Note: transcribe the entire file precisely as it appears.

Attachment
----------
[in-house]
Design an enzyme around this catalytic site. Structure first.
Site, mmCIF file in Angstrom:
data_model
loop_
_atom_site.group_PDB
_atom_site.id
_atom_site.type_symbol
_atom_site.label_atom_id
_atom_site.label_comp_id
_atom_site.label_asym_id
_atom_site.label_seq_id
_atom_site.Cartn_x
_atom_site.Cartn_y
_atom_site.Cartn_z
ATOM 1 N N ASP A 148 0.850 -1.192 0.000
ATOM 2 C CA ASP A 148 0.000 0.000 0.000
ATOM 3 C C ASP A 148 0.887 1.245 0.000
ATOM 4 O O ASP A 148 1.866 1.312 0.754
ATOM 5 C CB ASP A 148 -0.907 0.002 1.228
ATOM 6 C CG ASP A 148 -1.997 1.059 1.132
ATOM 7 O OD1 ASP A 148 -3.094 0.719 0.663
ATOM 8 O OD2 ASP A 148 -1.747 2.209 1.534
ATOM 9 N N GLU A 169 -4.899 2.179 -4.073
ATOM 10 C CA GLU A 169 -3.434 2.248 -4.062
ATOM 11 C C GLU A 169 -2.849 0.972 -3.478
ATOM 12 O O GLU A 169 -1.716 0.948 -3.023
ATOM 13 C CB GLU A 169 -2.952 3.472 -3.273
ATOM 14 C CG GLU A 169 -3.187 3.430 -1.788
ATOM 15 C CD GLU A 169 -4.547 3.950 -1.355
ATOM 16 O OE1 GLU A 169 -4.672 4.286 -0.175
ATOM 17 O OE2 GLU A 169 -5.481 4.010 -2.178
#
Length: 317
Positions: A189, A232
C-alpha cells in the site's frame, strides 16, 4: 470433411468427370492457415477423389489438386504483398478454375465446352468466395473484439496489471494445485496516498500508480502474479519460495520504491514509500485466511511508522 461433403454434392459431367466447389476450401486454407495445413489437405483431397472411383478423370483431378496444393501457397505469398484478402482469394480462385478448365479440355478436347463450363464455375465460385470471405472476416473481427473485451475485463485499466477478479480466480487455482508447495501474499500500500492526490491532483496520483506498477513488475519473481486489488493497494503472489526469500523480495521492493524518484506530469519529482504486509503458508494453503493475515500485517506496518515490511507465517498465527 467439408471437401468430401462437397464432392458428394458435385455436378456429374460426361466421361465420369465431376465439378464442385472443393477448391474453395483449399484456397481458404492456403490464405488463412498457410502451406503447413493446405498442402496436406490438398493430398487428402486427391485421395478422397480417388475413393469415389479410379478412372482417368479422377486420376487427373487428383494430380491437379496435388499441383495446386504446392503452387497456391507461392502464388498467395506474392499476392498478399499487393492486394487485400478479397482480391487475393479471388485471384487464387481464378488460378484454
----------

[in-house]
Design an enzyme around this catalytic site. Structure first.
Site, mmCIF file in Angstrom:
data_model
loop_
_atom_site.group_PDB
_atom_site.id
_atom_site.type_symbol
_atom_site.label_atom_id
_atom_site.label_comp_id
_atom_site.label_asym_id
_atom_site.label_seq_id
_atom_site.Cartn_x
_atom_site.Cartn_y
_atom_site.Cartn_z
ATOM 1 N N ASP A 148 0.850 -1.192 0.000
ATOM 2 C CA ASP A 148 0.000 0.000 0.000
ATOM 3 C C ASP A 148 0.887 1.245 0.000
ATOM 4 O O ASP A 148 1.866 1.312 0.754
ATOM 5 C CB ASP A 148 -0.907 0.002 1.228
ATOM 6 C CG ASP A 148 -1.997 1.059 1.132
ATOM 7 O OD1 ASP A 148 -3.094 0.719 0.663
ATOM 8 O OD2 ASP A 148 -1.747 2.209 1.534
ATOM 9 N N GLU A 169 -4.899 2.179 -4.073
ATOM 10 C CA GLU A 169 -3.434 2.248 -4.062
ATOM 11 C C GLU A 169 -2.849 0.972 -3.478
ATOM 12 O O GLU A 169 -1.716 0.948 -3.023
ATOM 13 C CB GLU A 169 -2.952 3.472 -3.273
ATOM 14 C CG GLU A 169 -3.187 3.430 -1.788
ATOM 15 C CD GLU A 169 -4.547 3.950 -1.355
ATOM 16 O OE1 GLU A 169 -4.672 4.286 -0.175
ATOM 17 O OE2 GLU A 169 -5.481 4.010 -2.178
#
Length: 317
Positions: A189, A232
C-alpha cells in the site's frame, strides 16, 4: 470433411468427370492457415477423389489438386504483398478454375465446352468466395473484439496489471494445485496516498500508480502474479519460495520504491514509500485466511511508522 461433403454434392459431367466447389476450401486454407495445413489437405483431397472411383478423370483431378496444393501457397505469398484478402482469394480462385478448365479440355478436347463450363464455375465460385470471405472476416473481427473485451475485463485499466477478479480466480487455482508447495501474499500500500492526490491532483496520483506498477513488475519473481486489488493497494503472489526469500523480495521492493524518484506530469519529482504486509503458508494453503493475515500485517506496518515490511507465517498465527 467439408471437401468430401462437397464432392458428394458435385455436378456429374460426361466421361465420369465431376465439378464442385472443393477448391474453395483449399484456397481458404492456403490464405488463412498457410502451406503447413493446405498442402496436406490438398493430398487428402486427391485421395478422397480417388475413393469415389479410379478412372482417368479422377486420376487427373487428383494430380491437379496435388499441383495446386504446392503452387497456391507461392502464388498467395506474392499476392498478399499487393492486394487485400478479397482480391487475393479471388485471384487464387481464378488460378484454